The Stranger Things series has been a big success for Netflix. A love letter to ‘80s pop culture, with a focus on the science fiction and horror movies of the time, the show has been hugely popular, with the latest season screened on over 40 million accounts in its first four days. Accompanying the launch of the television season is Stranger Things 3: The Game. Developed by BonusXP Inc, which previously created Stranger Things: The Game for mobile devices, the game is an isometric brawler which competently retells the story of Stranger Things 3, but has little of its own to say. Mild spoilers for Stranger Things 3 ahead.  

The game opens one year after the events of Stranger Things season two. While trying to contact his camp girlfriend with a high-tech ham radio, Dustin overhears a strange recording spoken in Russian. Determined to figure out what it means, he teams up with Steve and his coworker Robin to try and decode the message. Meanwhile, strange occurrences have been happening around Hawkins, with rats devouring fertiliser and chemicals. Max’s brother Billy is looking decidedly unwell, thickly wrapped in jumpers while he works as a lifeguard. A tingle at the back of Will’s neck tells him the mindflayer’s presence still lingers around the town. As events progress, a group of average kids must save the world from an otherworldly monstrous threat once again.  

Stranger Things 3: The Game takes place in a semi-open world, with more locations unlocked as players progress. The player starts out in control of Mike and Lucas, who wield a bat and slingshot respectively. Two characters are always on screen, with the other person controlled by AI. Local co-op is available and seems to be the intended way to play—the AI for the second player is not very smart. When in single-player mode, the player can switch between the two characters on the fly, and any unlocked characters can be swapped to as well. The other characters unlock over the course of the story, with a total of 12 to choose from. Each character can attack and block and has a unique special move, such as Max’s healing hearts or Jonathan’s stunning camera flash. Special moves cost energy, which can be replenished by drinking New Coke or picked up from defeated enemies. With each character playing so differently, the game would benefit from restricting which characters can be used in each scenario, as finding a favourite combination and sticking to it is far too easy. This lack of restriction also caused some weird story occurrences, like Nancy wandering around the void or Hopper hanging out with Mike while he mopes about breaking up with Eleven.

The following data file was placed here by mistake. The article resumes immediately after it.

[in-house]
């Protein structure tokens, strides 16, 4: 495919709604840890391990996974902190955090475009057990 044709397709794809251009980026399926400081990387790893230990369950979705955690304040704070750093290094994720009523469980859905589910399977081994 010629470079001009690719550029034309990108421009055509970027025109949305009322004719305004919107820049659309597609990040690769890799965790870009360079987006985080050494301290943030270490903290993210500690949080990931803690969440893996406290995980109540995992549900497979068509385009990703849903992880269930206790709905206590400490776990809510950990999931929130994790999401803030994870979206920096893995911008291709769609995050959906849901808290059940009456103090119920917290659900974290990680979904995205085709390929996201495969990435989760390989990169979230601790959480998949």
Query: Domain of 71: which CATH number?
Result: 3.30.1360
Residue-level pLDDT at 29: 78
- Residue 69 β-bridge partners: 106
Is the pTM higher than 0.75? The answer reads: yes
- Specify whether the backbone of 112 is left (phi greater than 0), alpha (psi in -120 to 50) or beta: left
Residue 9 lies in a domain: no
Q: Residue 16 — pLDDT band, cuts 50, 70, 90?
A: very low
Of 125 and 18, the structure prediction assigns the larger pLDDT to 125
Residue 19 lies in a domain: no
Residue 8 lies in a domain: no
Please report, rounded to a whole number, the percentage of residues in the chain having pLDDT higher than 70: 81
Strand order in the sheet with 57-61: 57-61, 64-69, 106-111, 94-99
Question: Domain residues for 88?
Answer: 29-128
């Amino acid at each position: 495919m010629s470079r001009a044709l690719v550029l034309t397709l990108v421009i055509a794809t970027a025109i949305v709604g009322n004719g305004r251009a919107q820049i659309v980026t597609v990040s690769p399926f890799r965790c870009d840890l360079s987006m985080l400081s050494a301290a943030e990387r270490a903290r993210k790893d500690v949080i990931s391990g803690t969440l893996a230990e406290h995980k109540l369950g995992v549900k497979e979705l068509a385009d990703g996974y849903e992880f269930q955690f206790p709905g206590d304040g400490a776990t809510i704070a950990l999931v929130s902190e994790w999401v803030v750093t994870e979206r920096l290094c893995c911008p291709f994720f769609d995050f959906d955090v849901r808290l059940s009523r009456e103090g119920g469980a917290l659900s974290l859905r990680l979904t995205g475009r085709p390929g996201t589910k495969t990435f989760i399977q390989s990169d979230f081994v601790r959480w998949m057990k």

Exploring Hawkins involves lots of switch puzzles, and using characters’ special abilities, like Dustin hacking into a locked door or Joyce cutting the lock off of a gate with her bolt cutters. The puzzles are generally straightforward, with the Russians inexplicably leaving clues in English for the player to find, but more complicated riddles can be found by wandering off the beaten track. The creepy deserted pizza place has some based on pi, and exploring optional rooms in the Russian base will reward the player with rare crafting items.

Crafting in Stranger Things 3: The Game is poorly implemented. Items can only be made at workbenches, which makes sense for complicated contraptions, but is annoying at other times (for example, having to retreat out of the pool area because Eleven needs to put duct tape on her swimming goggles). When looking in a store, no indication appears on what items are already in the player’s inventory. Apart from plot items, the player can also make trinkets, which improve the party’s statistics. A wide variety of trinkets are available, from improving a single character’s attack to increasing the health of the whole party. Finding the missing items to create a trinket is tricky due to the poor shopping interface, and the sparse placement of workbenches gives the player few chances to actually craft the items. Fortunately, fighting enemies is easy enough that crafting can mostly go ignored.